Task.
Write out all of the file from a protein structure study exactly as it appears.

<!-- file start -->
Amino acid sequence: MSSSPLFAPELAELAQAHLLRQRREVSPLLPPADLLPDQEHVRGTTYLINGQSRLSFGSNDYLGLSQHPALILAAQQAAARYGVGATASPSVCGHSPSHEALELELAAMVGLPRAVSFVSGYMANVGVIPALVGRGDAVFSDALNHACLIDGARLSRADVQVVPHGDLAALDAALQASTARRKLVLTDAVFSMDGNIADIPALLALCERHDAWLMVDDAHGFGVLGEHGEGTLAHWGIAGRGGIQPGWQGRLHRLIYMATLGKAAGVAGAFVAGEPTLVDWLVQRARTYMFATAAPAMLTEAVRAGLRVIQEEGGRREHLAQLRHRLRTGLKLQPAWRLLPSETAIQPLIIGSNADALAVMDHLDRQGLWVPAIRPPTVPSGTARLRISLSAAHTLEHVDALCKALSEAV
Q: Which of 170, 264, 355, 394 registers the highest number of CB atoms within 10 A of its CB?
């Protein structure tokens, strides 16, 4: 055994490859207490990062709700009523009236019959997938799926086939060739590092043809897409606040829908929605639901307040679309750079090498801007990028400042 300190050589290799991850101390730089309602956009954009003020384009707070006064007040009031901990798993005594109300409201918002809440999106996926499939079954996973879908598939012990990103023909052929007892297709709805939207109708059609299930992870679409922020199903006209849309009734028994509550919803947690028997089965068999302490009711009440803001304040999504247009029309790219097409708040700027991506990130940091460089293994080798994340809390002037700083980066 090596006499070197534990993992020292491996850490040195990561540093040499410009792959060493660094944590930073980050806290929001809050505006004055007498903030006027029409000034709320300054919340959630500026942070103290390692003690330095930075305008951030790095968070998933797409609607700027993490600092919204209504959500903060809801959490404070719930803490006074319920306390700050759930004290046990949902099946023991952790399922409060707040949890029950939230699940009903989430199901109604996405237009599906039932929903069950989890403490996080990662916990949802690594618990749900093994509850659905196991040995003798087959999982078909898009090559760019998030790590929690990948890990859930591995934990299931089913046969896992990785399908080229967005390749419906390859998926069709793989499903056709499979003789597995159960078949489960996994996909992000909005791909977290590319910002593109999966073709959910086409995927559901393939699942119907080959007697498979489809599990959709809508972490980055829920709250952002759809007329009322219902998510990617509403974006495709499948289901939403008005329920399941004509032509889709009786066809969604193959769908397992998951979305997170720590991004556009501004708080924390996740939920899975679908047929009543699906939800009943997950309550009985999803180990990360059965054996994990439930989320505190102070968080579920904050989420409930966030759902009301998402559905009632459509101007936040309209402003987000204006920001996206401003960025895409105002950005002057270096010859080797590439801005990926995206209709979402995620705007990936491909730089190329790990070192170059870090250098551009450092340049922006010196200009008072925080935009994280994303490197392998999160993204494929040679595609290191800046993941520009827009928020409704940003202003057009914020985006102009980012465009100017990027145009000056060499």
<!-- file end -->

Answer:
Amino acid sequence: MSSSPLFAPELAELAQAHLLRQRREVSPLLPPADLLPDQEHVRGTTYLINGQSRLSFGSNDYLGLSQHPALILAAQQAAARYGVGATASPSVCGHSPSHEALELELAAMVGLPRAVSFVSGYMANVGVIPALVGRGDAVFSDALNHACLIDGARLSRADVQVVPHGDLAALDAALQASTARRKLVLTDAVFSMDGNIADIPALLALCERHDAWLMVDDAHGFGVLGEHGEGTLAHWGIAGRGGIQPGWQGRLHRLIYMATLGKAAGVAGAFVAGEPTLVDWLVQRARTYMFATAAPAMLTEAVRAGLRVIQEEGGRREHLAQLRHRLRTGLKLQPAWRLLPSETAIQPLIIGSNADALAVMDHLDRQGLWVPAIRPPTVPSGTARLRISLSAAHTLEHVDALCKALSEAV
Q: Which of 170, 264, 355, 394 registers the highest number of CB atoms within 10 A of its CB?
């Protein structure tokens, strides 16, 4: 055994490859207490990062709700009523009236019959997938799926086939060739590092043809897409606040829908929605639901307040679309750079090498801007990028400042 300190050589290799991850101390730089309602956009954009003020384009707070006064007040009031901990798993005594109300409201918002809440999106996926499939079954996973879908598939012990990103023909052929007892297709709805939207109708059609299930992870679409922020199903006209849309009734028994509550919803947690028997089965068999302490009711009440803001304040999504247009029309790219097409708040700027991506990130940091460089293994080798994340809390002037700083980066 090596006499070197534990993992020292491996850490040195990561540093040499410009792959060493660094944590930073980050806290929001809050505006004055007498903030006027029409000034709320300054919340959630500026942070103290390692003690330095930075305008951030790095968070998933797409609607700027993490600092919204209504959500903060809801959490404070719930803490006074319920306390700050759930004290046990949902099946023991952790399922409060707040949890029950939230699940009903989430199901109604996405237009599906039932929903069950989890403490996080990662916990949802690594618990749900093994509850659905196991040995003798087959999982078909898009090559760019998030790590929690990948890990859930591995934990299931089913046969896992990785399908080229967005390749419906390859998926069709793989499903056709499979003789597995159960078949489960996994996909992000909005791909977290590319910002593109999966073709959910086409995927559901393939699942119907080959007697498979489809599990959709809508972490980055829920709250952002759809007329009322219902998510990617509403974006495709499948289901939403008005329920399941004509032509889709009786066809969604193959769908397992998951979305997170720590991004556009501004708080924390996740939920899975679908047929009543699906939800009943997950309550009985999803180990990360059965054996994990439930989320505190102070968080579920904050989420409930966030759902009301998402559905009632459509101007936040309209402003987000204006920001996206401003960025895409105002950005002057270096010859080797590439801005990926995206209709979402995620705007990936491909730089190329790990070192170059870090250098551009450092340049922006010196200009008072925080935009994280994303490197392998999160993204494929040679595609290191800046993941520009827009928020409704940003202003057009914020985006102009980012465009100017990027145009000056060499």